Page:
Students From Texas Make History and Celebrate A Historic Moment
2019 marked a milestone for NASA ... 50 years since humans went further than they had ever gone before. Across the country, the Apollo generation and the Artemis generation celebrated the historic Apollo 11 lunar landing. While a team of students from Lone Star College-CyFair in Texas reflected on this moment in history, they were getting ready to visit NASA’s Kennedy Space Center in Florida to make their own mark.
Since 2017, Team CERO has been hard at work developing their design. They have been supported through the Texas Space Grant Consortia and placed third in the Texas Space Grant Consortia Design Challenge. Their proposal was then selected for the 2018 cycle of Micro-g Neutral Buoyancy Experiment Design Team (Micro-g NExT).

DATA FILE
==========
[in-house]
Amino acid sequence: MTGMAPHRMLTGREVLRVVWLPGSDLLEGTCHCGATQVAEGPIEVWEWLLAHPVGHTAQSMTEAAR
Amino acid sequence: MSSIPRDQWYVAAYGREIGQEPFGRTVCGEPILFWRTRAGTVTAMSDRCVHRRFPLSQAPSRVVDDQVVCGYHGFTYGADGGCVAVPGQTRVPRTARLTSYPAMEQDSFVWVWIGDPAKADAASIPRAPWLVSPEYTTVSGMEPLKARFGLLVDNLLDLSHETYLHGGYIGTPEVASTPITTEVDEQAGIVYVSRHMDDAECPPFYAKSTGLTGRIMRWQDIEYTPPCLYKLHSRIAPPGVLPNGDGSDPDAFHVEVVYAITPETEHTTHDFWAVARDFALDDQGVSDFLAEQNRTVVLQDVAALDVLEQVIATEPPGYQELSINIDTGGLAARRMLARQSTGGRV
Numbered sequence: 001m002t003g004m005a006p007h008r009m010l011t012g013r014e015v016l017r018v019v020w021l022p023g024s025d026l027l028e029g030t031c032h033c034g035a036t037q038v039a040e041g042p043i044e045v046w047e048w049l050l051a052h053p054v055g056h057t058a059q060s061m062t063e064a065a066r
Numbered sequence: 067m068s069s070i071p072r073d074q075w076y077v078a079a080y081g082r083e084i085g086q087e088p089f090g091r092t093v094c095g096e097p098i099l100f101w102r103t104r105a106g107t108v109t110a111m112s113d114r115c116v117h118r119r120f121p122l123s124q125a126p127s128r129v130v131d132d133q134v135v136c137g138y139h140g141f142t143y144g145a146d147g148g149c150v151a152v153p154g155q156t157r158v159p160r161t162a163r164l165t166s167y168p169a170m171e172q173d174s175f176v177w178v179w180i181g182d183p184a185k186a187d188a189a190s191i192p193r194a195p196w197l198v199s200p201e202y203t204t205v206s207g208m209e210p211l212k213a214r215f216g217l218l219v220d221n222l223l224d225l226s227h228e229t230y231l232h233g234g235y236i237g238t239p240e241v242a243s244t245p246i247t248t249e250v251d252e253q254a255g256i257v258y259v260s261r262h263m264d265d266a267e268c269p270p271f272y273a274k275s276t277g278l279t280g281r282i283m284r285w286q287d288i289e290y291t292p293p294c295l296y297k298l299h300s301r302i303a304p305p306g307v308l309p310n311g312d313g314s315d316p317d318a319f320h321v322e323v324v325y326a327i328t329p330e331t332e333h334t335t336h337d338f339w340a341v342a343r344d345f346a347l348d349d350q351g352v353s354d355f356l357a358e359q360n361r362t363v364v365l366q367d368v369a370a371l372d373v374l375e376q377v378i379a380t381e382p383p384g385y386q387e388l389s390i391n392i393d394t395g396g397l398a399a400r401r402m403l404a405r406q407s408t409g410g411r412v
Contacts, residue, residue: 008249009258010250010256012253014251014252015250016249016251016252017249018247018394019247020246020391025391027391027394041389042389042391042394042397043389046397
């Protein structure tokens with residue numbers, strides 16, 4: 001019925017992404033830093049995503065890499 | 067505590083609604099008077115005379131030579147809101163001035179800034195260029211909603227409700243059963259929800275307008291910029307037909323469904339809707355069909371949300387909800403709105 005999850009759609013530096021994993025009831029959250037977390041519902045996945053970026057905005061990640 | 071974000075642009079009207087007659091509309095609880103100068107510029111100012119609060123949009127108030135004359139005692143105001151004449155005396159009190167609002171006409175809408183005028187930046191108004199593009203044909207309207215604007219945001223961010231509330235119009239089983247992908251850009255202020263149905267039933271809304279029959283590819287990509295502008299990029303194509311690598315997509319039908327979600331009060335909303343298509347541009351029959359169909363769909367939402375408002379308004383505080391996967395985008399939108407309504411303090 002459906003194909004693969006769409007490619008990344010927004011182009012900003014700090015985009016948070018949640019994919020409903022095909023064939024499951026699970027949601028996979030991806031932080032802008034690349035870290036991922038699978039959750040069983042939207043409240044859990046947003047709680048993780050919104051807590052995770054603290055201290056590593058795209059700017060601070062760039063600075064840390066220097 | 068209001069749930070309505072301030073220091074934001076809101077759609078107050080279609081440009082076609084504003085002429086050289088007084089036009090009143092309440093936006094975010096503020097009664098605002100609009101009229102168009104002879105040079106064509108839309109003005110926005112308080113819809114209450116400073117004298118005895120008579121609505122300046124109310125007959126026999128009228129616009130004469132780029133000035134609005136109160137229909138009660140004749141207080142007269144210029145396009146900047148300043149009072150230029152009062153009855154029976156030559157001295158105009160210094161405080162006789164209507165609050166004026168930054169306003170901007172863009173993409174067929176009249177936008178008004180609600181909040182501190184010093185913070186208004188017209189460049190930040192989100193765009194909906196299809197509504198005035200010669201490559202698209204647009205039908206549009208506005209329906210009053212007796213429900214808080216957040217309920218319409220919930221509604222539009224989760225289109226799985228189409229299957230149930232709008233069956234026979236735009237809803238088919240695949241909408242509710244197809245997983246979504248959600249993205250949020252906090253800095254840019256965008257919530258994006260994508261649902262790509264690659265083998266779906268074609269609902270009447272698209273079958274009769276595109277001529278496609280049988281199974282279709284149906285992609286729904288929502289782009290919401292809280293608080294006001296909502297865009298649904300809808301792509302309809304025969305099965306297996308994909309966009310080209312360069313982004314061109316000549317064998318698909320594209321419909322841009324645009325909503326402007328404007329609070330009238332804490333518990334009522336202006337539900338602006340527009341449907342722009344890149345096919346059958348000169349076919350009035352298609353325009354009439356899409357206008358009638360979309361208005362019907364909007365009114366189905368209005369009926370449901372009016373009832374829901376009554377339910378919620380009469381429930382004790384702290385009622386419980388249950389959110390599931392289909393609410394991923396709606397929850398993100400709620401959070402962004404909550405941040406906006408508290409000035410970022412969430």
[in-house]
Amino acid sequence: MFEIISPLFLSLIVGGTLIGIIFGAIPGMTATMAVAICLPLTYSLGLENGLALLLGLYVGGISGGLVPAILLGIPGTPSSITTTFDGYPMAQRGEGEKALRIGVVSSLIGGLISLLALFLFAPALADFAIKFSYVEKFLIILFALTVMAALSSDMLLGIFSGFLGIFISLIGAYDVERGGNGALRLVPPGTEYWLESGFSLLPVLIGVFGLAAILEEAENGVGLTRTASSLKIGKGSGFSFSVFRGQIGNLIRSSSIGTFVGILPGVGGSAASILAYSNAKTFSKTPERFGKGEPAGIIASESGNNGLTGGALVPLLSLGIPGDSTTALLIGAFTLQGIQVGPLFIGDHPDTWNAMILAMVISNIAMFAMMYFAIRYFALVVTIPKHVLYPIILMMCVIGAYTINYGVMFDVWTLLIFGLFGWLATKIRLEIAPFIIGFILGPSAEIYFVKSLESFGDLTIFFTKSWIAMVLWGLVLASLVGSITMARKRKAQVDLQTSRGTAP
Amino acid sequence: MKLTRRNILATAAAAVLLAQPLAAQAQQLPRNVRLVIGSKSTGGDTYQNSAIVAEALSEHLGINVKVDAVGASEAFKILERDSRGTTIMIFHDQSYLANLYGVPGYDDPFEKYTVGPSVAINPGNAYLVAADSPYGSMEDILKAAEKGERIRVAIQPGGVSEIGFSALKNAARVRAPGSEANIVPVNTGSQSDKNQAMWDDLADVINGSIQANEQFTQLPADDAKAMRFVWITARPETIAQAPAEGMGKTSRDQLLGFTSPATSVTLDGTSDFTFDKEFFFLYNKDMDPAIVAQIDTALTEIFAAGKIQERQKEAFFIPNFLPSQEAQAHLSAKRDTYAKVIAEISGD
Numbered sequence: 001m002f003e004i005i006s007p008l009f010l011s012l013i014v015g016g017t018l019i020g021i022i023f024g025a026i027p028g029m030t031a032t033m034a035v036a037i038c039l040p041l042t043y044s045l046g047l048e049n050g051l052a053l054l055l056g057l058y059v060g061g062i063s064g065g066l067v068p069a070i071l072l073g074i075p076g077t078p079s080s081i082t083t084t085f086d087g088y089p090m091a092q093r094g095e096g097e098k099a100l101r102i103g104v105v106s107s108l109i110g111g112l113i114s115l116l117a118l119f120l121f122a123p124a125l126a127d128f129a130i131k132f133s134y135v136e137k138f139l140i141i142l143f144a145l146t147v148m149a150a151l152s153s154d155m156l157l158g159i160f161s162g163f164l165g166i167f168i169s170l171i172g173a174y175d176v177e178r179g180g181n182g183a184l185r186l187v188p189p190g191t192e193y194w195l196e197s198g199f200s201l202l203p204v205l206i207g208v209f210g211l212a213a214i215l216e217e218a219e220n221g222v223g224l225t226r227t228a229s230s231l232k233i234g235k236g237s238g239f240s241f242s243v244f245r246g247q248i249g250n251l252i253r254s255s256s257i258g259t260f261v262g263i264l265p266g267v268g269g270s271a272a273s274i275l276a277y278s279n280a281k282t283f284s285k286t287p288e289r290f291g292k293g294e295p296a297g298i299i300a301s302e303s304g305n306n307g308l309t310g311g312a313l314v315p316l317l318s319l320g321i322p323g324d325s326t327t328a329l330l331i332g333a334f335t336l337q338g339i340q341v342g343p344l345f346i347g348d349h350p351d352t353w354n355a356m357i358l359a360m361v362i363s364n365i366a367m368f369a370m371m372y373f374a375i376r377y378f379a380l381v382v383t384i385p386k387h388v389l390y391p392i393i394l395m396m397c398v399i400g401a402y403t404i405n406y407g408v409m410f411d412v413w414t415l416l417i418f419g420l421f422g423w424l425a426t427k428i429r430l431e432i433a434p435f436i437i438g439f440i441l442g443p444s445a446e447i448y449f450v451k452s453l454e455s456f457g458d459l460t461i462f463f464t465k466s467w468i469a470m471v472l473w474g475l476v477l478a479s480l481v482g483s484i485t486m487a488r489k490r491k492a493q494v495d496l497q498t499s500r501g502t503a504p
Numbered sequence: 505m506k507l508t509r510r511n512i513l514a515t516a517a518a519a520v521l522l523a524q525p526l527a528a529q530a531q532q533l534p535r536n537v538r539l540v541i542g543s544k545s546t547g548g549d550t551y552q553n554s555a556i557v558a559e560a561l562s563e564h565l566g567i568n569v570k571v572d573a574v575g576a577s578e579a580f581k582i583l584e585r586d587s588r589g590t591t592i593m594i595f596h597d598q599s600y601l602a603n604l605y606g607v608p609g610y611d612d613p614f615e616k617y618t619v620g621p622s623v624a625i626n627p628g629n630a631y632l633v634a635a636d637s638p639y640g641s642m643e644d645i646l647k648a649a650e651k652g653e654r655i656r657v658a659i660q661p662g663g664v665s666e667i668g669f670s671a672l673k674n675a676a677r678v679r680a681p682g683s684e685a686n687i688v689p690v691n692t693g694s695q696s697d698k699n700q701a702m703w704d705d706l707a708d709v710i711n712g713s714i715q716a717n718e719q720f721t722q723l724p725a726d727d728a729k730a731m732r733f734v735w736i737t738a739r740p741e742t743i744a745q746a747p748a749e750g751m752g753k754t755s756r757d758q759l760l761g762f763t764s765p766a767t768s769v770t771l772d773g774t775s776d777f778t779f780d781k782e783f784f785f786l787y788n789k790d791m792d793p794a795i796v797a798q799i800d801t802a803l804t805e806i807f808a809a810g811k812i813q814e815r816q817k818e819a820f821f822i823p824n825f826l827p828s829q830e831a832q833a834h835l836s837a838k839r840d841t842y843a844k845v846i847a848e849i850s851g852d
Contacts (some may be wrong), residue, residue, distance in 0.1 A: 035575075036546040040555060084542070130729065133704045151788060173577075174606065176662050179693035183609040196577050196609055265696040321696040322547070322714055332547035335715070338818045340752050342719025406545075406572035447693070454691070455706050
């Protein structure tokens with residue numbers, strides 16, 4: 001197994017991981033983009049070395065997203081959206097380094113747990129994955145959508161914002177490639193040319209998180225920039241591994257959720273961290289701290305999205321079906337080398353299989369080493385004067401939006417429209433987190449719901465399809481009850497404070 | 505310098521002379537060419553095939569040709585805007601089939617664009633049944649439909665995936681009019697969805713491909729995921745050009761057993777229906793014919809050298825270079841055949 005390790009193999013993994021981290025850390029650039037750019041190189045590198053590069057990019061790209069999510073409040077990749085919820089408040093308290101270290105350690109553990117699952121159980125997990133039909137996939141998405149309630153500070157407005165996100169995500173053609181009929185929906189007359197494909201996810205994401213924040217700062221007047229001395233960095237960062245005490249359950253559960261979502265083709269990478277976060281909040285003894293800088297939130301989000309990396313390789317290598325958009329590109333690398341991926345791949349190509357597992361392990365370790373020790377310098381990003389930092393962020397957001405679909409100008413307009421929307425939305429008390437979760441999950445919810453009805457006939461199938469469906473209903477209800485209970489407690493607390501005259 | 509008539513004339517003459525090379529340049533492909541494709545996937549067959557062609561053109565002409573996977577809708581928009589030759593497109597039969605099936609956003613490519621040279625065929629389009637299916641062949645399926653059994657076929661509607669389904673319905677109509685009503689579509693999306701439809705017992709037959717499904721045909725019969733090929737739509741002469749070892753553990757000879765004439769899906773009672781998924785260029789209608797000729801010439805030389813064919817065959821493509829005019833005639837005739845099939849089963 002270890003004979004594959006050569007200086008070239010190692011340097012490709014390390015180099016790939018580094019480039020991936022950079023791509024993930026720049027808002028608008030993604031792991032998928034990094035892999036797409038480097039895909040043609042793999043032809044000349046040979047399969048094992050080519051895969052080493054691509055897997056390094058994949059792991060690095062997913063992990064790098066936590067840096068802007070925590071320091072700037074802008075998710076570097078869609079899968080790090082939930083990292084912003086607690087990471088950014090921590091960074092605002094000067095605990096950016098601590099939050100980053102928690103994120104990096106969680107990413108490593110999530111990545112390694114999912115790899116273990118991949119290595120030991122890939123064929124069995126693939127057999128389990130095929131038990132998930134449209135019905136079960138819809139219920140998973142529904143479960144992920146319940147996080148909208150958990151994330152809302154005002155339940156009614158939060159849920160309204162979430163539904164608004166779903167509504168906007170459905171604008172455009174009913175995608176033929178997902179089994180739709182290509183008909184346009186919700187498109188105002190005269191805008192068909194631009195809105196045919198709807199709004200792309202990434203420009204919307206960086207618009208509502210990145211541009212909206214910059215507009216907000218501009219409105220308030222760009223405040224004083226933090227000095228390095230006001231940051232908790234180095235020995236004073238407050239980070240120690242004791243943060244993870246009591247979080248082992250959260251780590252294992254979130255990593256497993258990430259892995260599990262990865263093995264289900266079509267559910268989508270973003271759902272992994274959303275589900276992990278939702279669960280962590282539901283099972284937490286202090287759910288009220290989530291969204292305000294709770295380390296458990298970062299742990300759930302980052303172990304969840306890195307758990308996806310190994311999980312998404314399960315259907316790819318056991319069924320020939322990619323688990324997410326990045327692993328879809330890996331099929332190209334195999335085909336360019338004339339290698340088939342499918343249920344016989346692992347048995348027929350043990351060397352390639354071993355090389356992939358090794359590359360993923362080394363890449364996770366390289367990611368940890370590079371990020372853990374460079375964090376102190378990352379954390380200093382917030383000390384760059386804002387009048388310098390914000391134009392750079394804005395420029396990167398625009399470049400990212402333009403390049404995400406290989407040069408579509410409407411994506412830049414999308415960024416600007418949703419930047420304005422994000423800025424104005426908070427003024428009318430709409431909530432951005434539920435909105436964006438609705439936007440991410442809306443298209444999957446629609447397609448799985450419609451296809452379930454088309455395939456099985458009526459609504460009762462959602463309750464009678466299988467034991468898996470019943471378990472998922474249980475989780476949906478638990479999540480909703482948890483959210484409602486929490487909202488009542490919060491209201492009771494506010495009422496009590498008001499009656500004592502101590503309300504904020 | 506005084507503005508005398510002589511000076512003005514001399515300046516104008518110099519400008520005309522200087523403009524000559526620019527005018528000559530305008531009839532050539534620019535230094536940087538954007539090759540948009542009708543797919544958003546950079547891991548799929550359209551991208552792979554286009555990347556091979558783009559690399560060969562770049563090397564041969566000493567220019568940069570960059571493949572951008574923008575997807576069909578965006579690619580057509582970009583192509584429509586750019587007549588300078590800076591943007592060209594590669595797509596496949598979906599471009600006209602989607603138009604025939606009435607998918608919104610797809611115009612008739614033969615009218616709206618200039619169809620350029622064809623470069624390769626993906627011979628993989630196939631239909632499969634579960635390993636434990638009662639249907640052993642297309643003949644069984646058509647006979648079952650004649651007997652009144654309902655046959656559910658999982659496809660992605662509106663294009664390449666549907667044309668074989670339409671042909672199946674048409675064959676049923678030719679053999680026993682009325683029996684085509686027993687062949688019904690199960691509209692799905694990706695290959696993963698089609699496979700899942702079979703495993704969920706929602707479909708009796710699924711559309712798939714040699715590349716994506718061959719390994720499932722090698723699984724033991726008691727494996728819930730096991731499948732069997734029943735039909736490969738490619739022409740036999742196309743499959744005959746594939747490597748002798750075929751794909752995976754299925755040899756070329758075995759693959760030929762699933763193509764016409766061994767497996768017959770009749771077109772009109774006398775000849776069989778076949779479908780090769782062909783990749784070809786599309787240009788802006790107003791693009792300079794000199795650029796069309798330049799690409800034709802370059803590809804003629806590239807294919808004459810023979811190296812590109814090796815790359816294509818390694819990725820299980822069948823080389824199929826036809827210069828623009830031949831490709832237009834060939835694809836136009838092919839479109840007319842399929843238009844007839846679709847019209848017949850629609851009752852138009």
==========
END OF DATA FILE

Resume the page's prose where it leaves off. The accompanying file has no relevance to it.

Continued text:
The team included students Maria Gonzalez, Francesca Liso, Sean Palmer, James Philippi and Daniel Vasek, as well as faculty members Dr. Yiheng Wang and Jared Cammon. Their evolutionary design opened up more possibilities. The following year, in spring 2018, the team participated in both programs ... not only did they win the Texas Space Grant Consortia Design Challenge but they also won with Micro-g NExT.